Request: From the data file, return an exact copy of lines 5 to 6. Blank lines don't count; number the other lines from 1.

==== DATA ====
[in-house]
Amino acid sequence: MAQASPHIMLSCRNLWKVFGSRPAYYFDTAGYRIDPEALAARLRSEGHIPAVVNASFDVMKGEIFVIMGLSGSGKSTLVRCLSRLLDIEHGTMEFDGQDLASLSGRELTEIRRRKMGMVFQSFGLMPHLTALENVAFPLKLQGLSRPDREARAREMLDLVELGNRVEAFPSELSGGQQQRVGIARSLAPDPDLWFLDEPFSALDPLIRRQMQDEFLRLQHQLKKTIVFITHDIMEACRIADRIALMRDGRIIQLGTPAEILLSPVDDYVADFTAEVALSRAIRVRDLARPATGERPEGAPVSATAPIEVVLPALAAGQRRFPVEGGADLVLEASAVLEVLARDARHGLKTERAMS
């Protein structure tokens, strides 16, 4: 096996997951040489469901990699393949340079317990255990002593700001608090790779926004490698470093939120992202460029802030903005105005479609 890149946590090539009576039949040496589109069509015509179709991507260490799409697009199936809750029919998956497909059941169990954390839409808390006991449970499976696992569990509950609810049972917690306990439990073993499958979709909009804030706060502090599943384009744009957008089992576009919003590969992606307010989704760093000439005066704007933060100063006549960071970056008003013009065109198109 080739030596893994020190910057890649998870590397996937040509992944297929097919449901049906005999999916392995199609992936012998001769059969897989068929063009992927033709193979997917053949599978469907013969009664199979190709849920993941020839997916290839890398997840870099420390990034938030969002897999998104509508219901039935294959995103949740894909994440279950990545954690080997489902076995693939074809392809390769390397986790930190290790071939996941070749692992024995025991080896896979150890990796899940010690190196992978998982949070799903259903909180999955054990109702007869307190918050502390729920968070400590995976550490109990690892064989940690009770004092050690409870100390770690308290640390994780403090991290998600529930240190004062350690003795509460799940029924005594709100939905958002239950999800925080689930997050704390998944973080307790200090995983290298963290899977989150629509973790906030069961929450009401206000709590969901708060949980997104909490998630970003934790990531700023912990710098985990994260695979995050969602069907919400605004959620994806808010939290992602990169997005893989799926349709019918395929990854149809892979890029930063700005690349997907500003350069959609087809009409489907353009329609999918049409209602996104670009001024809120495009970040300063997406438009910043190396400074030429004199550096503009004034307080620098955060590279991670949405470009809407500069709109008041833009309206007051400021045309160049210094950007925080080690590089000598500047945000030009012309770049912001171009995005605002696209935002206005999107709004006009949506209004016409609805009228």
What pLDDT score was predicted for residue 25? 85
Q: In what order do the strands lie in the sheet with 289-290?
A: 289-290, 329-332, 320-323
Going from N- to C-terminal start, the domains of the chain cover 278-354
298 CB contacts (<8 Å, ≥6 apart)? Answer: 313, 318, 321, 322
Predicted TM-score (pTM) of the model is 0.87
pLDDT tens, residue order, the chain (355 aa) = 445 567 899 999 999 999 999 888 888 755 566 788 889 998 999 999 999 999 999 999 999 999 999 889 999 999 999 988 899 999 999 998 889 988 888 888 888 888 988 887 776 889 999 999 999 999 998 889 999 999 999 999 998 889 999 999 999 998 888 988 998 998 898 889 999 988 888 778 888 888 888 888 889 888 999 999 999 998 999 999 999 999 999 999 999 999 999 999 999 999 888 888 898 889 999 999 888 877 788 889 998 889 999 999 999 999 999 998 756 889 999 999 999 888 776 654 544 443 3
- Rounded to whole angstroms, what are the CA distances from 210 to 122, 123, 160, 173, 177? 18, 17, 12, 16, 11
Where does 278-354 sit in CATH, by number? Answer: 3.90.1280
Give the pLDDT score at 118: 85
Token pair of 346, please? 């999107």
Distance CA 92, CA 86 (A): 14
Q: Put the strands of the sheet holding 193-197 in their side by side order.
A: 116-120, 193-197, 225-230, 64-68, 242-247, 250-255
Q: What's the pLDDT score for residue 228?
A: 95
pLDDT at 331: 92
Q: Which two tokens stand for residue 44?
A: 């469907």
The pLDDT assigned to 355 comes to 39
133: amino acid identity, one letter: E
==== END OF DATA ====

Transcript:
Q: In what order do the strands lie in the sheet with 289-290?
A: 289-290, 329-332, 320-323